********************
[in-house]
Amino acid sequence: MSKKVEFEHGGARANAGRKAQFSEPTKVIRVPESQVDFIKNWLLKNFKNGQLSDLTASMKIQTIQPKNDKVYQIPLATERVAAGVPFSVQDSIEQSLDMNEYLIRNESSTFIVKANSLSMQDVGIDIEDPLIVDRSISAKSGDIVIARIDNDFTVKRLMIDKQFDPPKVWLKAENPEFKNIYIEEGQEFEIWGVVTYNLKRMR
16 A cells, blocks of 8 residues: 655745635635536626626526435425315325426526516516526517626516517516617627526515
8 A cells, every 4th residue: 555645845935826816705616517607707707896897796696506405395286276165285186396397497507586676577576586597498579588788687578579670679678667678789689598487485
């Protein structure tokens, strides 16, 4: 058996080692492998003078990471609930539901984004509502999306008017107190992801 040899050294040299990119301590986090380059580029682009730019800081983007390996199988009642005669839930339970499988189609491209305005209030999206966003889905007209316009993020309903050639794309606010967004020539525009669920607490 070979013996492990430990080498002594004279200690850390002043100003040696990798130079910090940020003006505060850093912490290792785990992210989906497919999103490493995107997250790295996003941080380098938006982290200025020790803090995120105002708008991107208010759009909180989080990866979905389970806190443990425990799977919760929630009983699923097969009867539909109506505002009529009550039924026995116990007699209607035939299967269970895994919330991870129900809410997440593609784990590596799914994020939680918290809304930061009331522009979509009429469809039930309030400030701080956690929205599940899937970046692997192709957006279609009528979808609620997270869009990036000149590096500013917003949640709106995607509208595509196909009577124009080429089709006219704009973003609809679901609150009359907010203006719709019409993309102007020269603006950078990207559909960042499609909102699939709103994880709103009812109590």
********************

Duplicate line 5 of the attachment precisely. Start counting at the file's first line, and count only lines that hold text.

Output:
């Protein structure tokens, strides 16, 4: 058996080692492998003078990471609930539901984004509502999306008017107190992801 040899050294040299990119301590986090380059580029682009730019800081983007390996199988009642005669839930339970499988189609491209305005209030999206966003889905007209316009993020309903050639794309606010967004020539525009669920607490 070979013996492990430990080498002594004279200690850390002043100003040696990798130079910090940020003006505060850093912490290792785990992210989906497919999103490493995107997250790295996003941080380098938006982290200025020790803090995120105002708008991107208010759009909180989080990866979905389970806190443990425990799977919760929630009983699923097969009867539909109506505002009529009550039924026995116990007699209607035939299967269970895994919330991870129900809410997440593609784990590596799914994020939680918290809304930061009331522009979509009429469809039930309030400030701080956690929205599940899937970046692997192709957006279609009528979808609620997270869009990036000149590096500013917003949640709106995607509208595509196909009577124009080429089709006219704009973003609809679901609150009359907010203006719709019409993309102007020269603006950078990207559909960042499609909102699939709103994880709103009812109590």